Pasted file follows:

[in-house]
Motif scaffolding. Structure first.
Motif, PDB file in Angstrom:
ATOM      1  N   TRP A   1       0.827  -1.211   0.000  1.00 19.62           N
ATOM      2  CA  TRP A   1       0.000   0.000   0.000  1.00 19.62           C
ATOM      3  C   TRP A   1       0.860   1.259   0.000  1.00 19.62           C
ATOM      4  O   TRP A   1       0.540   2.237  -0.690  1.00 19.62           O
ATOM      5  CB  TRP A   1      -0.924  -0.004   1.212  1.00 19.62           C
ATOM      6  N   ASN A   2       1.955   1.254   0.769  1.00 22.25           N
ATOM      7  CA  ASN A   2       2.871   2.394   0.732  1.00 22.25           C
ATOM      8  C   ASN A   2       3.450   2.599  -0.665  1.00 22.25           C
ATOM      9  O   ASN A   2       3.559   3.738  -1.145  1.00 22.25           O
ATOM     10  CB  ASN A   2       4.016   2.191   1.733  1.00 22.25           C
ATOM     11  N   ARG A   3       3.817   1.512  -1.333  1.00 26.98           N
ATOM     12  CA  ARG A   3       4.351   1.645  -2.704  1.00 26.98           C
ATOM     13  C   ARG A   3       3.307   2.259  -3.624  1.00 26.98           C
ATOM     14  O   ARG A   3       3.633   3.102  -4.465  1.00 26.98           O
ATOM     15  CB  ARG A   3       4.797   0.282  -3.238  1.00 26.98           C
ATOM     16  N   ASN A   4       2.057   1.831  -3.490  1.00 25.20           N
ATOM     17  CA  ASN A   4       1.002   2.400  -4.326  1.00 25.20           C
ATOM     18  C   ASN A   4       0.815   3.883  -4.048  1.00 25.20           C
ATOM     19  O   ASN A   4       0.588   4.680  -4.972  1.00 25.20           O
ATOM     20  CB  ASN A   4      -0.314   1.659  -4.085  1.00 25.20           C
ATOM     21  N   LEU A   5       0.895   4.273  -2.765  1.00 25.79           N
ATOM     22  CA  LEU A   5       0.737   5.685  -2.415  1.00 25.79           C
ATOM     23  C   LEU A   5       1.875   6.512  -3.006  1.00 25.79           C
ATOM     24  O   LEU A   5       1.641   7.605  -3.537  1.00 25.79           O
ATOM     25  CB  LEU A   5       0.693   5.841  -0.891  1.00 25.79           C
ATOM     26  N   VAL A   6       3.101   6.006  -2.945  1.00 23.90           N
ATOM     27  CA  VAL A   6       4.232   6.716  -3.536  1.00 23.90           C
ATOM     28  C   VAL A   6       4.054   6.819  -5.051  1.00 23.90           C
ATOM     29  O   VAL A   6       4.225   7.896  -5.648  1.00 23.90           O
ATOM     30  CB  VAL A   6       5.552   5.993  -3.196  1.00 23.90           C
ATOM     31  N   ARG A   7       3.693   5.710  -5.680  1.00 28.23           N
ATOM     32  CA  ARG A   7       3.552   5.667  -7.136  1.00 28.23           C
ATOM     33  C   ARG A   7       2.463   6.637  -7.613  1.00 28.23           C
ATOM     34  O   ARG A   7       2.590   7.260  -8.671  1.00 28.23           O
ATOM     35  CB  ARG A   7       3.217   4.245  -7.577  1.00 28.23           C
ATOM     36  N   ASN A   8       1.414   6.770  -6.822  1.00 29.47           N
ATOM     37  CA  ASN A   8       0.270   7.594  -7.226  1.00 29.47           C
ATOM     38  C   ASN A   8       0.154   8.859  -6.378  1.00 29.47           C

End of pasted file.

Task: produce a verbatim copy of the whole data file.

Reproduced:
[in-house]
Motif scaffolding. Structure first.
Motif, PDB file in Angstrom:
ATOM      1  N   TRP A   1       0.827  -1.211   0.000  1.00 19.62           N
ATOM      2  CA  TRP A   1       0.000   0.000   0.000  1.00 19.62           C
ATOM      3  C   TRP A   1       0.860   1.259   0.000  1.00 19.62           C
ATOM      4  O   TRP A   1       0.540   2.237  -0.690  1.00 19.62           O
ATOM      5  CB  TRP A   1      -0.924  -0.004   1.212  1.00 19.62           C
ATOM      6  N   ASN A   2       1.955   1.254   0.769  1.00 22.25           N
ATOM      7  CA  ASN A   2       2.871   2.394   0.732  1.00 22.25           C
ATOM      8  C   ASN A   2       3.450   2.599  -0.665  1.00 22.25           C
ATOM      9  O   ASN A   2       3.559   3.738  -1.145  1.00 22.25           O
ATOM     10  CB  ASN A   2       4.016   2.191   1.733  1.00 22.25           C
ATOM     11  N   ARG A   3       3.817   1.512  -1.333  1.00 26.98           N
ATOM     12  CA  ARG A   3       4.351   1.645  -2.704  1.00 26.98           C
ATOM     13  C   ARG A   3       3.307   2.259  -3.624  1.00 26.98           C
ATOM     14  O   ARG A   3       3.633   3.102  -4.465  1.00 26.98           O
ATOM     15  CB  ARG A   3       4.797   0.282  -3.238  1.00 26.98           C
ATOM     16  N   ASN A   4       2.057   1.831  -3.490  1.00 25.20           N
ATOM     17  CA  ASN A   4       1.002   2.400  -4.326  1.00 25.20           C
ATOM     18  C   ASN A   4       0.815   3.883  -4.048  1.00 25.20           C
ATOM     19  O   ASN A   4       0.588   4.680  -4.972  1.00 25.20           O
ATOM     20  CB  ASN A   4      -0.314   1.659  -4.085  1.00 25.20           C
ATOM     21  N   LEU A   5       0.895   4.273  -2.765  1.00 25.79           N
ATOM     22  CA  LEU A   5       0.737   5.685  -2.415  1.00 25.79           C
ATOM     23  C   LEU A   5       1.875   6.512  -3.006  1.00 25.79           C
ATOM     24  O   LEU A   5       1.641   7.605  -3.537  1.00 25.79           O
ATOM     25  CB  LEU A   5       0.693   5.841  -0.891  1.00 25.79           C
ATOM     26  N   VAL A   6       3.101   6.006  -2.945  1.00 23.90           N
ATOM     27  CA  VAL A   6       4.232   6.716  -3.536  1.00 23.90           C
ATOM     28  C   VAL A   6       4.054   6.819  -5.051  1.00 23.90           C
ATOM     29  O   VAL A   6       4.225   7.896  -5.648  1.00 23.90           O
ATOM     30  CB  VAL A   6       5.552   5.993  -3.196  1.00 23.90           C
ATOM     31  N   ARG A   7       3.693   5.710  -5.680  1.00 28.23           N
ATOM     32  CA  ARG A   7       3.552   5.667  -7.136  1.00 28.23           C
ATOM     33  C   ARG A   7       2.463   6.637  -7.613  1.00 28.23           C
ATOM     34  O   ARG A   7       2.590   7.260  -8.671  1.00 28.23           O
ATOM     35  CB  ARG A   7       3.217   4.245  -7.577  1.00 28.23           C
ATOM     36  N   ASN A   8       1.414   6.770  -6.822  1.00 29.47           N
ATOM     37  CA  ASN A   8       0.270   7.594  -7.226  1.00 29.47           C
ATOM     38  C   ASN A   8       0.154   8.859  -6.378  1.00 29.47           C